One day, maybe six months after we opened the retail store, I got a call from one of the congressman's assistants. He said one of their appointees to the Naval Academy had dropped out after being there just two or three weeks and that the appointment was open. If I was interested, I should go down to Dallas and take a physical. If I passed the physical, I could go on up there.



So, that's how I got into the Academy and why I arrived a little over a month after my classmates. That doesn't sound like much, but I had a lot of catching up to do.

Donald R. Lennon:

A lot of them had been to prep schools or had a year of college behind them.

Enders P. Huey:

Yes, and I had had maybe a year and a half at that crappy junior college. I had never had that much trouble with my grades, however. I went into a room with three other classmates and I got along with them alright. One of them bilged out his plebe year. In any event, I enjoyed the Academy.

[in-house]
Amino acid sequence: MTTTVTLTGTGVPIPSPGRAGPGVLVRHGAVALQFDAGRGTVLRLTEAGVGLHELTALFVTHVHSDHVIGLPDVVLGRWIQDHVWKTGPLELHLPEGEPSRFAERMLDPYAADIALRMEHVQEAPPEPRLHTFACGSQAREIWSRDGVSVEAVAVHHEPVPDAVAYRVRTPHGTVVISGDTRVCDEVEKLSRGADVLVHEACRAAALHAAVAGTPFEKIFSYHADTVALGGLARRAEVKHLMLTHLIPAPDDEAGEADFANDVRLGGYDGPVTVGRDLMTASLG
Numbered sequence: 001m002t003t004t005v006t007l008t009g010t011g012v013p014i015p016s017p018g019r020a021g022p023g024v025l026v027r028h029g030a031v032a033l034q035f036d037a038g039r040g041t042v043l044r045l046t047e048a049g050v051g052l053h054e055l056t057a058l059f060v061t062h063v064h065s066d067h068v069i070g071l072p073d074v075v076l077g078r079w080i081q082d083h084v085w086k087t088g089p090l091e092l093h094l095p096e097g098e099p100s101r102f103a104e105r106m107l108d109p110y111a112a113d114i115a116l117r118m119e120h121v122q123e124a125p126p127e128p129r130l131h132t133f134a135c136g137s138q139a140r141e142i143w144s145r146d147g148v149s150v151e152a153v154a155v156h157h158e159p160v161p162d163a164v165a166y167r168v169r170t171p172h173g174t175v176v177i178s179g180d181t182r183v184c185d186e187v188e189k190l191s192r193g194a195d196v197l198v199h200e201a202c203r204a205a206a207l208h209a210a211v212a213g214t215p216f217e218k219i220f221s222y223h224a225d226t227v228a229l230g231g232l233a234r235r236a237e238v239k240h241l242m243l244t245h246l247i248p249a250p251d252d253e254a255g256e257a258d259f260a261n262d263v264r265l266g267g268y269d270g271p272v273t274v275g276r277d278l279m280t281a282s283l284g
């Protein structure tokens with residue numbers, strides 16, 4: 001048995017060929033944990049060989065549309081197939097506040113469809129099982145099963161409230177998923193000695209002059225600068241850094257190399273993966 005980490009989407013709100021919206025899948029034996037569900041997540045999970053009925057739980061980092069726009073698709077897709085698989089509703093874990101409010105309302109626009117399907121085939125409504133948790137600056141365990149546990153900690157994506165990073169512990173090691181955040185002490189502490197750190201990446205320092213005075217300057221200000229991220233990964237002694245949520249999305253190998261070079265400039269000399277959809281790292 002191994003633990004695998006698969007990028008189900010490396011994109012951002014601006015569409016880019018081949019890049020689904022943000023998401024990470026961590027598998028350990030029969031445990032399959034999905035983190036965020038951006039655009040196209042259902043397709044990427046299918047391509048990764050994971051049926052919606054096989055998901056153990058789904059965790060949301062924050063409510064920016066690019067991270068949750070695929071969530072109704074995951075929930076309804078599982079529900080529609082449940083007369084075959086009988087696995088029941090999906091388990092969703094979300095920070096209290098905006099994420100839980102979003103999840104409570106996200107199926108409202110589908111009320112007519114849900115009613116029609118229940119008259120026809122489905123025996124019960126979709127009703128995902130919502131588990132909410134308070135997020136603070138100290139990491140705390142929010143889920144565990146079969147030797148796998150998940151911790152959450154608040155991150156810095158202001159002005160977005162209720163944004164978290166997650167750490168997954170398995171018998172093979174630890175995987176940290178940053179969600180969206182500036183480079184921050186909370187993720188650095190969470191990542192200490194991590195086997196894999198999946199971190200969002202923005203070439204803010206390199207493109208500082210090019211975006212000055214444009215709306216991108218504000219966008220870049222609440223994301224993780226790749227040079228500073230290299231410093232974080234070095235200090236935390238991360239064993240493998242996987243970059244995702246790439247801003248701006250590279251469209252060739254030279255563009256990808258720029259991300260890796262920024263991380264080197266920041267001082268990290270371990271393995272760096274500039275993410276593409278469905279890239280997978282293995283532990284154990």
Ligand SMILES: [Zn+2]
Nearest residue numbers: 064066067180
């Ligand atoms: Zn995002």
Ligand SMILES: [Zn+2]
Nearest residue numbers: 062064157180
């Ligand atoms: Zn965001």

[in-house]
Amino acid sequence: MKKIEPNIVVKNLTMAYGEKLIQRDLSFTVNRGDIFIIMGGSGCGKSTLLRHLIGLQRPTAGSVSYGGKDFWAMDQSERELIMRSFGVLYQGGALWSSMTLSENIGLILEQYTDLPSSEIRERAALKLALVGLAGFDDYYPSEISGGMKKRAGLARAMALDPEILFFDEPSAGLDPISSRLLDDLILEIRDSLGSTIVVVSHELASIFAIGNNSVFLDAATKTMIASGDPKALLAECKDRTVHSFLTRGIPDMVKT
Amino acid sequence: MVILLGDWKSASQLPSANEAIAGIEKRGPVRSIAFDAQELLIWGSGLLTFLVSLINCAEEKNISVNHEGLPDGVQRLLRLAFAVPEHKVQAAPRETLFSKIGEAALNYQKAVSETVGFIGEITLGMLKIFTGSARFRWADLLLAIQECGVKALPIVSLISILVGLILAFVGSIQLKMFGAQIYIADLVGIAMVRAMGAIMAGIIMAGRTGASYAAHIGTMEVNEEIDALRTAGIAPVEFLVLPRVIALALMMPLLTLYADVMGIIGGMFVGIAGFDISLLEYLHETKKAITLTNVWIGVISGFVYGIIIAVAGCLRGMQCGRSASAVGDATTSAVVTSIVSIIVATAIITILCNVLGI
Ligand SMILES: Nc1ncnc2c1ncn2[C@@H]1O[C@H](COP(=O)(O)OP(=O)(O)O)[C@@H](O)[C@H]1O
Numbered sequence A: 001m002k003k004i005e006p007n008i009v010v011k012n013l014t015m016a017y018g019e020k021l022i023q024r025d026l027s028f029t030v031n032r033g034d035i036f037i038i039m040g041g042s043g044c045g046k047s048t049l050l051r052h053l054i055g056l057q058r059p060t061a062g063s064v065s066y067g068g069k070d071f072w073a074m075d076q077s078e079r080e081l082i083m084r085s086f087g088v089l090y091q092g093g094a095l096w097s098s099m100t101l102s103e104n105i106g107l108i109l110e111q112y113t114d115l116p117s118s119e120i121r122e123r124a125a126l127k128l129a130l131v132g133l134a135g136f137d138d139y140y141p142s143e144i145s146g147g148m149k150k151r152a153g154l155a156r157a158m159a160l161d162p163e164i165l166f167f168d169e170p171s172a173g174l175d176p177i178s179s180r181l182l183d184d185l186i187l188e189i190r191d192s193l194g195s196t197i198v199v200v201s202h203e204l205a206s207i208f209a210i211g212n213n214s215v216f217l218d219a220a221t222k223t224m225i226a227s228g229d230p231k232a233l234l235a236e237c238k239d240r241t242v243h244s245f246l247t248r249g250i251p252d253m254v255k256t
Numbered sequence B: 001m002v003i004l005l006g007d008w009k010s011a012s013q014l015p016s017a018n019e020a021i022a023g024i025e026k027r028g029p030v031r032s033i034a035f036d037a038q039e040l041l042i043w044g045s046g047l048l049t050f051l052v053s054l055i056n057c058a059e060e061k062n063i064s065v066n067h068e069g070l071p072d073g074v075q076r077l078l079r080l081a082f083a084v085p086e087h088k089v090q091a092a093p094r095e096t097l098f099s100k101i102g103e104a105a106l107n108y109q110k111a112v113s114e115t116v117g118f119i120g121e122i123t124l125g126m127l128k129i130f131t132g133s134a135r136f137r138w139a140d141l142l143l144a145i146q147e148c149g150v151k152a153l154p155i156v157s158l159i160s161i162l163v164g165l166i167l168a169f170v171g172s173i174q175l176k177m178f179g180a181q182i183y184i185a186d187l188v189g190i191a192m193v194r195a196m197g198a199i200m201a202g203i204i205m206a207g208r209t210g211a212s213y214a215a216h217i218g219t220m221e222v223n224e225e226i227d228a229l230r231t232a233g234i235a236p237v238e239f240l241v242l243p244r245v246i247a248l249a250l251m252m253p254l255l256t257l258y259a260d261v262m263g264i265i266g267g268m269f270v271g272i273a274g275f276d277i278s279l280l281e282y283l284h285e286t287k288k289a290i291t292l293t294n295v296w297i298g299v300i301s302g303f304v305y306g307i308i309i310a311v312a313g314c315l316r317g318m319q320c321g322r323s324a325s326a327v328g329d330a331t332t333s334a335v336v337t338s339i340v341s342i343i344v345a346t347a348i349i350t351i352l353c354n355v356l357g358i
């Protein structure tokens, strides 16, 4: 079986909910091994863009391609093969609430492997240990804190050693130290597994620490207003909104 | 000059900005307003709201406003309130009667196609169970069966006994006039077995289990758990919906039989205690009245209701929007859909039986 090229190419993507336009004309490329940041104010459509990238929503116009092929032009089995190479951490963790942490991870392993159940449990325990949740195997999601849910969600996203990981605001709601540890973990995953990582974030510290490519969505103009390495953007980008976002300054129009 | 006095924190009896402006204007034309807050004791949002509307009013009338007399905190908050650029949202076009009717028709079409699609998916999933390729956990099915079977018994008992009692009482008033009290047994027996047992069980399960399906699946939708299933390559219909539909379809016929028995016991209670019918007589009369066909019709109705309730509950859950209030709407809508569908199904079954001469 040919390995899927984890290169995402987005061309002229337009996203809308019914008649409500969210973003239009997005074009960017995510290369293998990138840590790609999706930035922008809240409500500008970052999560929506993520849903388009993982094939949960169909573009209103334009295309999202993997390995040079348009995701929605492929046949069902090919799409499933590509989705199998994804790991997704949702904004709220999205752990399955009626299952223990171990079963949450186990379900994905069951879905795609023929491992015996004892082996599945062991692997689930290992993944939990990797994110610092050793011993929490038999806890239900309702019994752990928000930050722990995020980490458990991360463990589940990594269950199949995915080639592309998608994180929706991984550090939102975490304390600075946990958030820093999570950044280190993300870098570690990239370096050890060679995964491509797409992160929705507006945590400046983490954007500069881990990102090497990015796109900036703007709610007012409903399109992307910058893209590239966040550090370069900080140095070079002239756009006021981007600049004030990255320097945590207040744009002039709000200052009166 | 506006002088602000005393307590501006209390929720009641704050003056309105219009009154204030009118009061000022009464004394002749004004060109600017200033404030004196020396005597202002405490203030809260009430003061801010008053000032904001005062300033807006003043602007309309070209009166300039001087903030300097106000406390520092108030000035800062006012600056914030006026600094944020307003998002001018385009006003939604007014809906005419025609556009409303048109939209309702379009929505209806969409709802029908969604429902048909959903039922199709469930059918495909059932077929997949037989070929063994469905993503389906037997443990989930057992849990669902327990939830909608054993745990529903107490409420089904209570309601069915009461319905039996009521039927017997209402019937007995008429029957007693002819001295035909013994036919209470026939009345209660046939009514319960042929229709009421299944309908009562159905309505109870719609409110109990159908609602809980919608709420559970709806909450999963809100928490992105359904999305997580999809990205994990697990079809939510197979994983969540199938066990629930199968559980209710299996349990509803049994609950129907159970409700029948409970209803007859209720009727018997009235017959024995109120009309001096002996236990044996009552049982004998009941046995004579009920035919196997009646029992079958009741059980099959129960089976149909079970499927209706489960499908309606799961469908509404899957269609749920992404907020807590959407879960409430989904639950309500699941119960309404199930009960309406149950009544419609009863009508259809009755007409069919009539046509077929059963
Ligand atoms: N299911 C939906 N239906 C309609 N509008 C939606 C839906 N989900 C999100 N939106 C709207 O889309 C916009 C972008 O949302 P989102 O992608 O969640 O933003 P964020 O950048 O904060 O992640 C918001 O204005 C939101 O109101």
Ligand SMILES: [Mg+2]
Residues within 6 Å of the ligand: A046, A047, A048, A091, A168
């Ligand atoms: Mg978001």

Donald R. Lennon:

Did you take part in any sports or extra-curricular activities?

Enders P. Huey:

I was not a very good athlete. I played a little tennis, but I wasn't good enough to play on the tennis team. We would play just among our class. We'd play some form of catch football, but the people who were actually going out for football were much better athletes than the group that I played with. I had done some debating in high school and I did some of that at the Acadmy, but not to any great extent. I was not a spectacular “striper” or anything like that at the Academy. I was sort of “middle-of-the-road.”